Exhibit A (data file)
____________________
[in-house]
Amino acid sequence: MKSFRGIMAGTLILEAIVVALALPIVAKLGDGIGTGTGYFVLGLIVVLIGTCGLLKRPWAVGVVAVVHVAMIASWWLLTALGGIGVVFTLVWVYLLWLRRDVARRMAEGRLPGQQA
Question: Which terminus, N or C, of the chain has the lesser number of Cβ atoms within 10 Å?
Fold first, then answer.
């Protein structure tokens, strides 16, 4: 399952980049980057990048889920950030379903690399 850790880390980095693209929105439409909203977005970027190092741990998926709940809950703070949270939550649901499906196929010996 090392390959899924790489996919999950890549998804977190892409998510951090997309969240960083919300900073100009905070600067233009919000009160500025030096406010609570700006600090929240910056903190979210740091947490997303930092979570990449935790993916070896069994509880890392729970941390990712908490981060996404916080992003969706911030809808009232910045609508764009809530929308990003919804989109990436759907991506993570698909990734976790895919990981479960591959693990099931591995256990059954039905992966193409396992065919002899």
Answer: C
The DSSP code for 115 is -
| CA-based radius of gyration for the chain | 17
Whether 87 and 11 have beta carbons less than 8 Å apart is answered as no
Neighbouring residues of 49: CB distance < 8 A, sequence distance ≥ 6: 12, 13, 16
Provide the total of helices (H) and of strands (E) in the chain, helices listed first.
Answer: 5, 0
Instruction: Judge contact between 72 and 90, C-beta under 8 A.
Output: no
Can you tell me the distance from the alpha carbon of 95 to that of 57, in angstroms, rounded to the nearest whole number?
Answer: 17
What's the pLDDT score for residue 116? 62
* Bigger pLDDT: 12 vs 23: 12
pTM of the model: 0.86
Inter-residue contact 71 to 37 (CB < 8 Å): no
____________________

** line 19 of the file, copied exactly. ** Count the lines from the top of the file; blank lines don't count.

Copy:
pTM of the model: 0.86